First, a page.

GOP defeats Dem corporate campaign cash disclosure bill, again
At a 2013 rally of Maryland politicians and community leaders in front of the State House to "fight secret spending in our democracy" by supporting the "Disclose Act." | Chris Maddaloni / CQ Roll Call via AP

WASHINGTON—In what has become a common ritual, the House’s ruling Republicans once again shot down a Democratic attempt to shine a bright light on shady campaign finances nationwide.

The issue is important to workers and their allies: The “dark money”—carloads of corporate and CEO cash—buy politicians on both sides of the aisle through campaign contributions and spending hundreds of millions of dollars without identifying who put up the money, much less what they expect in return.

As part of a 2017 AFL-CIO convention resolution outlining how the fed would take on Wall Street, it pledged to “fight to expose corporate political spending and lobbying that undermines our democracy.”

Rep. David Cicilline, D-R.I., joined at right by Rep. Ted Lieu, D-Calif. | J. Scott Applewhite / AP

But the House Republican majority didn’t listen to workers—or voters—upset with the tsunami of corporate campaign cash. On July 11, lawmakers voted 225-186 to close debate on a fisheries bill, rather than opening it to amendments. Rep. David Cicilline, D-R.I., argued for opening it to amendments so he could offer the Disclose Act, a measure to force sources of such “dark money” into the open.

All but one Republican—Walter Jones of North Carolina, a frequent renegade—voted to close up the bill, and thus ban the amendment. Jones and all 185 Democrats voted to let the Disclose Act come up.

Eight years ago, the GOP-named 5-man majority on the U.S. Supreme Court threw wide open the money doors to corporate and special interest influence in election campaigns, in its Citizens United ruling. The majority followed up with a decision—in a case brought by a rich GOP donor, with party aid and support—to take the shackles off individual contributions, too.

Those two rulings “opened the floodgates to massive spending by corporations and even more so by wealthy donors,” the fed said around the time of the court’s second edict.

They are pouring money into our electoral system and threaten to drown out the voices of hard-working Americans. Common-sense restrictions on their spending are needed, along with robust disclosure of their contributions and expenditures—including their contributions to organizations engaged in electoral activity.”

Ever since then, congressional Democrats have railed against the High Court’s ruling, but their efforts to counteract it, even by the simply forcing disclosure of sources of the spigots of corporate cash deciding U.S. elections, have gone nowhere.

Democrats tried to get it through Congress in 2010, 2012, 2014, 2015, and 2017. After Citizens United in early 2010, the then-Democratic-run House passed the Disclose Act in mid-2010, 219-206, though 36 Dems voted “no,” while two Republicans voted “yes.” It went nowhere in the Senate that year, though.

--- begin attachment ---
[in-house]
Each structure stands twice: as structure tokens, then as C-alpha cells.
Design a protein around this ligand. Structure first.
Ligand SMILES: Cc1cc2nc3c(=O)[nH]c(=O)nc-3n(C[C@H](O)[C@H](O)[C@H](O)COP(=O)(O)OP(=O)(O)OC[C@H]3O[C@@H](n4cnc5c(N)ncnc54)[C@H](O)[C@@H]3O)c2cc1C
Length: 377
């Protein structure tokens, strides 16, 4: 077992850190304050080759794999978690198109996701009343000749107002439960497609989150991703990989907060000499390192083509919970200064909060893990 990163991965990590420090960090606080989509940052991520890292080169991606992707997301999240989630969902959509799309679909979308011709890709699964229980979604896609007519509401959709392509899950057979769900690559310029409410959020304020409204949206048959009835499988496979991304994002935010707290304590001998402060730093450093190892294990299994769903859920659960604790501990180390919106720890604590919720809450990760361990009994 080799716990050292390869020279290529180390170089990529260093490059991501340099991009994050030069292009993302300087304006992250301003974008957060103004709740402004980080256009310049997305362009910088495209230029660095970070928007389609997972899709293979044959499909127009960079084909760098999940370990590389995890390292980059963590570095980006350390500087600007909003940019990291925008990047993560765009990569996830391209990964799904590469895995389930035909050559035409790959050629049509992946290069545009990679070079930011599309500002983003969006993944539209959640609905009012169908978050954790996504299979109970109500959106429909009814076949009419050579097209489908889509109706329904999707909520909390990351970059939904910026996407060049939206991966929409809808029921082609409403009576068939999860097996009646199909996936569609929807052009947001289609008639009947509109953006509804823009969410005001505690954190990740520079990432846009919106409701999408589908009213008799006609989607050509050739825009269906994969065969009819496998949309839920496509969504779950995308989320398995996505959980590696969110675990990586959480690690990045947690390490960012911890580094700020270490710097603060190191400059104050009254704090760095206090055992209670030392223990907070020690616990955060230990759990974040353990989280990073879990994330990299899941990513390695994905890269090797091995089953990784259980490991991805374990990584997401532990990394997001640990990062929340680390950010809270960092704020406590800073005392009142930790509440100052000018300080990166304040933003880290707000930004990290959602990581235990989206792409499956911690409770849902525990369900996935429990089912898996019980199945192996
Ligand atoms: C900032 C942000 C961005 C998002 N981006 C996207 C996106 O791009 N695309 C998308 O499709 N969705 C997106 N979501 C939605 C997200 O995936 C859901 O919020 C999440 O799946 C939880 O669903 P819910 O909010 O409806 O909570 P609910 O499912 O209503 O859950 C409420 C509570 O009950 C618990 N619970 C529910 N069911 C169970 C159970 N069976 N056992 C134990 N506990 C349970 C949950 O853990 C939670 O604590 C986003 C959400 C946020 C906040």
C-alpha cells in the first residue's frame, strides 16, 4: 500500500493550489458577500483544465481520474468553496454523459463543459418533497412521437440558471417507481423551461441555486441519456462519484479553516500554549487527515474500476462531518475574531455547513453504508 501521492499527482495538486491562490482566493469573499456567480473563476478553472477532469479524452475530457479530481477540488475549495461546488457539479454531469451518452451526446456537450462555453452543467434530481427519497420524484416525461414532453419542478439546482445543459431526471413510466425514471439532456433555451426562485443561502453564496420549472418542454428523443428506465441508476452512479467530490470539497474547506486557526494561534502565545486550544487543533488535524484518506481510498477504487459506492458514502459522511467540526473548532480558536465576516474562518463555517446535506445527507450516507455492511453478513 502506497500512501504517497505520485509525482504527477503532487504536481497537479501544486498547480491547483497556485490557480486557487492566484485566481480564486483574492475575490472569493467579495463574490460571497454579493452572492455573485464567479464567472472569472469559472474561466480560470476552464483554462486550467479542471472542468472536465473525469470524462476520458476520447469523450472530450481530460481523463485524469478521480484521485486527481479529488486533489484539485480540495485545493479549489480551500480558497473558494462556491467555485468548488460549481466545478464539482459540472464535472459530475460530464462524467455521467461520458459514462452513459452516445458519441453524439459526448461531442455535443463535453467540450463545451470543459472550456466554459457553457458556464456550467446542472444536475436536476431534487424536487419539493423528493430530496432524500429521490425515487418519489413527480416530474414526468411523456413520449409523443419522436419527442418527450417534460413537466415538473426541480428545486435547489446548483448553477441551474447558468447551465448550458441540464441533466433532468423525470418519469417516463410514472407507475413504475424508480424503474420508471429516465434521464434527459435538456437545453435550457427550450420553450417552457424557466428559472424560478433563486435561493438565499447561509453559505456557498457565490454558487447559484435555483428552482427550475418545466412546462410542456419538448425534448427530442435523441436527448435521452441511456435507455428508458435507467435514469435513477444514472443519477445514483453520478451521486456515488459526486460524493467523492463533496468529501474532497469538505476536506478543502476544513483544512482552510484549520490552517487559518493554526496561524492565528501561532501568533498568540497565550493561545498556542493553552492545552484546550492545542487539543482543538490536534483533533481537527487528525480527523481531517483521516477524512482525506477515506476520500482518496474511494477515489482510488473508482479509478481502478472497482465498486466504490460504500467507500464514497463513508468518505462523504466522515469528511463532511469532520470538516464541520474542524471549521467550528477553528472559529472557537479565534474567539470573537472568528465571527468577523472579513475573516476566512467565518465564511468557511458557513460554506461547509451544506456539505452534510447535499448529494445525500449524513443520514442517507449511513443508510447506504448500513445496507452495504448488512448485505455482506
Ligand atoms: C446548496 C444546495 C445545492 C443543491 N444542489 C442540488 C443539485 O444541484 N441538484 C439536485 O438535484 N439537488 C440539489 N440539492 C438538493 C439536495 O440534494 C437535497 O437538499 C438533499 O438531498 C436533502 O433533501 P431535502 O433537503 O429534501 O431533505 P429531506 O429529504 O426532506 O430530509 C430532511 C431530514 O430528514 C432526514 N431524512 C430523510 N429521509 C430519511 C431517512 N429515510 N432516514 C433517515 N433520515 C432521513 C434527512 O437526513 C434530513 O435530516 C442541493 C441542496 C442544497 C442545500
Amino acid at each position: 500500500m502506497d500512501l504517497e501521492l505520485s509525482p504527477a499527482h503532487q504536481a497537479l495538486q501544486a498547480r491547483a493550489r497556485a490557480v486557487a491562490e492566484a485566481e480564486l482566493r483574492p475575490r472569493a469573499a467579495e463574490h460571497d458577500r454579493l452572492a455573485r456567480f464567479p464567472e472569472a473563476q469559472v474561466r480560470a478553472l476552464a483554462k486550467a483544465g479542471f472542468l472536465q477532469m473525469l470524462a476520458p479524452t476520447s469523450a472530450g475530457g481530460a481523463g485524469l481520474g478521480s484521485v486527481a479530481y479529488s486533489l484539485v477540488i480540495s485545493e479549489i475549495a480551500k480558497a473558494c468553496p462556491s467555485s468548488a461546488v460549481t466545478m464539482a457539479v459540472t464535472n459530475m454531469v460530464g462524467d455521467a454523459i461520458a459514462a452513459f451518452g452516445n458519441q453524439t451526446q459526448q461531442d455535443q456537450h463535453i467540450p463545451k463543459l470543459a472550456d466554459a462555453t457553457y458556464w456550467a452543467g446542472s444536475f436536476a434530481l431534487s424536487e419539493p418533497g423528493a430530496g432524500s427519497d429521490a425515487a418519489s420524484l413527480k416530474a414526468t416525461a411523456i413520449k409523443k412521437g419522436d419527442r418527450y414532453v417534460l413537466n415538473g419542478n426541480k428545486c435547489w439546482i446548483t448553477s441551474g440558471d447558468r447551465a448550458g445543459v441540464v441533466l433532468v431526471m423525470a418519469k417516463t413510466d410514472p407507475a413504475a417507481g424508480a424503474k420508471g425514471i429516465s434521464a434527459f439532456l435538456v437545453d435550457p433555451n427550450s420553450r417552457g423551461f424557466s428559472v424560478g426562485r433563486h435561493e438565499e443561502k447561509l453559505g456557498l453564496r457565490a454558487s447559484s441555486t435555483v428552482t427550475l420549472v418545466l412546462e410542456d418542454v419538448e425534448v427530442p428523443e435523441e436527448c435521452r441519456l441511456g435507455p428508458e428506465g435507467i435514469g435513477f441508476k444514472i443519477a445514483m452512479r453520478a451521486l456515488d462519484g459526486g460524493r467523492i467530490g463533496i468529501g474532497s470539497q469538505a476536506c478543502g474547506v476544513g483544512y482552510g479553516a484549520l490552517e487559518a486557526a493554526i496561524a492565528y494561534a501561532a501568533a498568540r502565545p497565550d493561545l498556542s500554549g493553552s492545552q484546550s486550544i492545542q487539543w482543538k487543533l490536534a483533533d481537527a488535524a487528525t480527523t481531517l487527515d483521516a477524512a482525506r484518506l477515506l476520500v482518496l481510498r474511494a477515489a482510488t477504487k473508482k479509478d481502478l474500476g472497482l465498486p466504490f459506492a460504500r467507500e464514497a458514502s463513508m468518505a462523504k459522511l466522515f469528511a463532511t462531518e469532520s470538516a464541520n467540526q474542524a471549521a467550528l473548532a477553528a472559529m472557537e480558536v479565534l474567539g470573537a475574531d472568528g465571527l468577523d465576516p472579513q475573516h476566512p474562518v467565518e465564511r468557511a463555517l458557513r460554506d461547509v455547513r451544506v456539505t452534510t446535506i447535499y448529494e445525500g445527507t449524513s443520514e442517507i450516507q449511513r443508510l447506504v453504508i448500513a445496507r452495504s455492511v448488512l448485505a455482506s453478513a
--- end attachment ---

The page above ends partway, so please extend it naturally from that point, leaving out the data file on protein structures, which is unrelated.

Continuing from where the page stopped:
Their latest attempt went nowhere again. That’s important, Cicilline said.

“Each day, more and more Americans are losing faith that their government actually works for them. More than 80 percent of Americans say they can’t trust Washington to do what’s right for them. More than two-thirds feel like our democracy is getting less responsive under Republican control. Working people today don’t even get a seat at the table,” he said.

“The Republicans who control Congress have given away all the seats at their table to corporate special interests, to billionaires, and to the big banks and big pharmaceutical companies. That’s why the interests of working people are not being protected today.

“They know they are caught in a system rigged against them. Their voices are dismissed. Their concerns are ignored.” So Cicilline tried to put his colleagues on the record. He failed.

Rep. Jared Polis, D-Colo., joined the debate on Cicilline’s side. “This bill would require organizations spending money on federal elections to disclose their donors and guard against hidden foreign interference in our democracy,” he said.

The only GOP response came from Rep. Bradley Byrne, R-Ala., known for his anti-worker stands. He snidely suggested if the Democrats are sincere, they unilaterally refuse corporate campaign cash.

“I’m nowhere near done fighting for transparency in our elections,” Cicilline said afterwards. “I will continue working to advance commonsense ethics and campaign finance reforms that end the rule of big money and begin a new era where working people get all the seats at the table.”

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CONTRIBUTOR

PAI
PAI

Press Associates Union News Service provides national coverage of news affecting workers, including activism, politics, economics, legislation in Congress and actions by the White House, federal agencies and the courts that affect working people. Mark Gruenberg is Editor in chief and owner of Press Associates Union News Service, Washington, D.C.

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